Envoy Proxy and gRPC are two immensely popular and useful open-source technologies with wide adoption, including by major enterprises.

So, when I set out to spin up a simple, locally runnable gRPC application where requests were mediated and authenticated via Envoy, I was mostly expecting to, you know, just copy and paste various example files into a few directories and docker-compose up with a self-satisfied smile.

For whatever reason, the exact combination of technologies I was exploring in this case didn’t show up in any easily discoverable tutorials or articles…until now!

This writeup will detail how to run the following…

A key mindset that will help with the stress of entering a saturating market and that will actually make your journey easier and more successful.

My Own Journey

tl;dr I switched careers and have helped others do the same

Three years ago, almost to the day, the company I worked at went from looking forward to a glorious future (an impending buyout with lucrative upside) to looking down the barrel of 2 weeks of runway leading to a chaotic, decidedly inglorious end.

At the time, I was a bit of a marketing and content generalist responsible for things like managing editorial teams and…

A headless human!

I just finished setting up my Raspberry Pi Zero W and it was both extremely easy and unexpectedly, annoyingly tricky. I’ll recap the easy part and record my debugging process for the tricky part here since I did not find all of information I needed in one place.

There are more robust headless setup tutorials out there, including this one that I initially used, but like I said — it may be helpful to include all of my steps here in case you run into the same issues.

If you just want to set up your Pi, feel free to…

This is a retrospective on building a Slack bot that worked, broke, and finally scaled. I don’t dive too deeply into either the analysis or the implementation of the solutions, but just recount my path towards an understanding of the problem and the solution. If you have questions of your own around these things, I’m happy to address anything I can help with in the comments.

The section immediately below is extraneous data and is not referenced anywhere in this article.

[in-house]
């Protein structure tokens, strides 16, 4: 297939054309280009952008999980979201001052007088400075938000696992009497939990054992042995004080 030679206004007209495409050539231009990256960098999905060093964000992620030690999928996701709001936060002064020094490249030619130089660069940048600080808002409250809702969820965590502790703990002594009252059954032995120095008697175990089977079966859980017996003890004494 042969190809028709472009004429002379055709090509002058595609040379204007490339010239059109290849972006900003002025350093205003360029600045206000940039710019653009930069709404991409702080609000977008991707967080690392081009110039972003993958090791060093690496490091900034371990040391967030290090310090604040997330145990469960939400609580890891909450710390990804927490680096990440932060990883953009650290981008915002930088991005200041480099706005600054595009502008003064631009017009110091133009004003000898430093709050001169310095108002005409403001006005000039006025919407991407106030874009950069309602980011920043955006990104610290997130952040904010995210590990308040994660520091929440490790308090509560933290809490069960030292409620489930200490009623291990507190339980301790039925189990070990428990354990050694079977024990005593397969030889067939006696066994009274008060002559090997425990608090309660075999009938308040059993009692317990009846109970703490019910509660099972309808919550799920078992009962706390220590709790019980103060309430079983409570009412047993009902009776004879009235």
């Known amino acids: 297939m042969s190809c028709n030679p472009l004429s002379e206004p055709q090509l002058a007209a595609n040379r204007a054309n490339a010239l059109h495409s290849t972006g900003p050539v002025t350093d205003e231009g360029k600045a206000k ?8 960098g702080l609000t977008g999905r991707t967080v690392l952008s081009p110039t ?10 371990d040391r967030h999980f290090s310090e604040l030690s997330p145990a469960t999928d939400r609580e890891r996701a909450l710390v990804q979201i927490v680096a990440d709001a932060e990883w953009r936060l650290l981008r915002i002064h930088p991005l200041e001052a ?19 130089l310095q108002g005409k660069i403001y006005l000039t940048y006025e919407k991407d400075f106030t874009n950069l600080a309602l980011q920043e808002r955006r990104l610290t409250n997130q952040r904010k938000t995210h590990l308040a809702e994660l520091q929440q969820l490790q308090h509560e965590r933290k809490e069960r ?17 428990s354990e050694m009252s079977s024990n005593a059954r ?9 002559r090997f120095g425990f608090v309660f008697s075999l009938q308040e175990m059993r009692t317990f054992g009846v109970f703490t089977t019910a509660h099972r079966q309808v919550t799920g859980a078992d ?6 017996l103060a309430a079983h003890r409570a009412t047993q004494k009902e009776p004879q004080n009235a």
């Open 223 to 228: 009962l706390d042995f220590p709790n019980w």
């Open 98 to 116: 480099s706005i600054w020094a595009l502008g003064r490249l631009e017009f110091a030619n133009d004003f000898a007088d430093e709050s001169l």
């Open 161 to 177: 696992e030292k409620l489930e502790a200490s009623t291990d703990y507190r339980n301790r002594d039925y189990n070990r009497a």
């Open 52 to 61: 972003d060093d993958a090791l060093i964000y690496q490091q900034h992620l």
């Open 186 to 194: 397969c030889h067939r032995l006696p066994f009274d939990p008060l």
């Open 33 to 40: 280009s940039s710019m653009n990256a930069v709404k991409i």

UPDATE: I (somewhat) recently made some changes to how Callie works (including *not* using the Relax library) that will follow the main article. …

Or, why I’m writing about a show that is more than ten years old.

Let’s do something very quickly before I answer the question posed in the title. Let’s agree that, yes, more than a decade has passed since the final episode of Deadwood. And, yes, I have only watched the first season. Perhaps it goes full Homeland in season two and I’ve a big disappointment in store! We can acknowledge those things, and then move on.

Back to the title of this post, and why I felt like I had to write it, several minutes after finishing the season…

In Apple’s perfect world, you’d never run into the problem I’m going to help you solve.

You would listen to music on your Macbook Pro, on the iTunes platform, through Apple headphones. And then, when you wanted to pause a song or skip a track, you’d have options: use the media buttons on your Magic Keyboard, your laptop keyboard, or the inline controls on your earbuds.

But that’s not how I work. And, since you’re reading this, it’s probably not how you work either.

My setup includes a Das Keyboard (no media control buttons) and a pair of Bose QC25…

Over the past some-odd weeks, I’ve found myself in a familiar spot with increasing frequency: thinking about an article, a conversation, an interesting situation, and so on, and wanting to write about and share it with the world at large.

The original plan was to put together a little personal page somewhere on the world wide web. I haven’t touched CSS in a while and somehow, some way, found myself missing it enough to come pretty close to starting a whole new project.

But — and I’ll give a little more context here in a minute — I saw two…

I didn’t want to start off with one of my first posts being a total takedown of some-dude-I-don’t-know’s crappy post, but it really rubbed me the wrong way. So, here we are anyways!

Check this out: The Five Top Reasons to Use JavaScript. Take a second to skim it — even if you aren’t interested in programming, you’ll probably pick up on a few things I’m about to break down.

Okay, now that we’ve all read it (sorry for that, folks), let me touch on just a few things that I find incredibly presumptuous here:

1: Literally, the very first…

Brian Gerson

Solver of problems. Brewer of beers. Befriender of dogs. Bike tourist and giant baseball nerd. Driven human being.

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